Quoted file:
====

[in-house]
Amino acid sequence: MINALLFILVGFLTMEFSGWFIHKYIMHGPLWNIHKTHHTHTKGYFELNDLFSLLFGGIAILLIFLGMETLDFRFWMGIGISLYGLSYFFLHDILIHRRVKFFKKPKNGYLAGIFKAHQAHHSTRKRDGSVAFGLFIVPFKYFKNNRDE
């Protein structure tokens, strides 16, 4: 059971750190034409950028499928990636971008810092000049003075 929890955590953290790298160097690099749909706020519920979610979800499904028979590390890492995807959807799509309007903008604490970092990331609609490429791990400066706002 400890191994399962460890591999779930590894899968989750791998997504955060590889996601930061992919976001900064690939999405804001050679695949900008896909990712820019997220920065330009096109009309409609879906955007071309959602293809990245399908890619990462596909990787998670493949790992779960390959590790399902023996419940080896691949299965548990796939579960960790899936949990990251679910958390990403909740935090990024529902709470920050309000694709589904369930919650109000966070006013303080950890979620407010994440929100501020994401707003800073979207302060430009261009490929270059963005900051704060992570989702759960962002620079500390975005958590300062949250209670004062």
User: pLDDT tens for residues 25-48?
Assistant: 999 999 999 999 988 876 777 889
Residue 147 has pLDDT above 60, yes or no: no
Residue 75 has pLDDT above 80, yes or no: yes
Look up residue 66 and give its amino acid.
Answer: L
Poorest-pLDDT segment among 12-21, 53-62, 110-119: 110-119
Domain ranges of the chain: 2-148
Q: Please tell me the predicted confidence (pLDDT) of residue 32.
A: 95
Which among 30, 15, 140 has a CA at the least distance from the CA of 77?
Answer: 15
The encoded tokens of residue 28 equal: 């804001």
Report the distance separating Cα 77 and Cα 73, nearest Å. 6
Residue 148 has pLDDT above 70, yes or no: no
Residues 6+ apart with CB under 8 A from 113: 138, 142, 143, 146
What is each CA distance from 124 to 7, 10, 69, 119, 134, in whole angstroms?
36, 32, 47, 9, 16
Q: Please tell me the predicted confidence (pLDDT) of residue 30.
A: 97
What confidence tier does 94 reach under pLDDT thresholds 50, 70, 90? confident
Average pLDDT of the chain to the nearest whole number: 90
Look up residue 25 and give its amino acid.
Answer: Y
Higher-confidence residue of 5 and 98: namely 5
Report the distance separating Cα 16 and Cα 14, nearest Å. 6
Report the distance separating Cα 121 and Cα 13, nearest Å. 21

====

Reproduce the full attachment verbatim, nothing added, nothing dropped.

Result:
[in-house]
Amino acid sequence: MINALLFILVGFLTMEFSGWFIHKYIMHGPLWNIHKTHHTHTKGYFELNDLFSLLFGGIAILLIFLGMETLDFRFWMGIGISLYGLSYFFLHDILIHRRVKFFKKPKNGYLAGIFKAHQAHHSTRKRDGSVAFGLFIVPFKYFKNNRDE
């Protein structure tokens, strides 16, 4: 059971750190034409950028499928990636971008810092000049003075 929890955590953290790298160097690099749909706020519920979610979800499904028979590390890492995807959807799509309007903008604490970092990331609609490429791990400066706002 400890191994399962460890591999779930590894899968989750791998997504955060590889996601930061992919976001900064690939999405804001050679695949900008896909990712820019997220920065330009096109009309409609879906955007071309959602293809990245399908890619990462596909990787998670493949790992779960390959590790399902023996419940080896691949299965548990796939579960960790899936949990990251679910958390990403909740935090990024529902709470920050309000694709589904369930919650109000966070006013303080950890979620407010994440929100501020994401707003800073979207302060430009261009490929270059963005900051704060992570989702759960962002620079500390975005958590300062949250209670004062």
User: pLDDT tens for residues 25-48?
Assistant: 999 999 999 999 988 876 777 889
Residue 147 has pLDDT above 60, yes or no: no
Residue 75 has pLDDT above 80, yes or no: yes
Look up residue 66 and give its amino acid.
Answer: L
Poorest-pLDDT segment among 12-21, 53-62, 110-119: 110-119
Domain ranges of the chain: 2-148
Q: Please tell me the predicted confidence (pLDDT) of residue 32.
A: 95
Which among 30, 15, 140 has a CA at the least distance from the CA of 77?
Answer: 15
The encoded tokens of residue 28 equal: 């804001």
Report the distance separating Cα 77 and Cα 73, nearest Å. 6
Residue 148 has pLDDT above 70, yes or no: no
Residues 6+ apart with CB under 8 A from 113: 138, 142, 143, 146
What is each CA distance from 124 to 7, 10, 69, 119, 134, in whole angstroms?
36, 32, 47, 9, 16
Q: Please tell me the predicted confidence (pLDDT) of residue 30.
A: 97
What confidence tier does 94 reach under pLDDT thresholds 50, 70, 90? confident
Average pLDDT of the chain to the nearest whole number: 90
Look up residue 25 and give its amino acid.
Answer: Y
Higher-confidence residue of 5 and 98: namely 5
Report the distance separating Cα 16 and Cα 14, nearest Å. 6
Report the distance separating Cα 121 and Cα 13, nearest Å. 21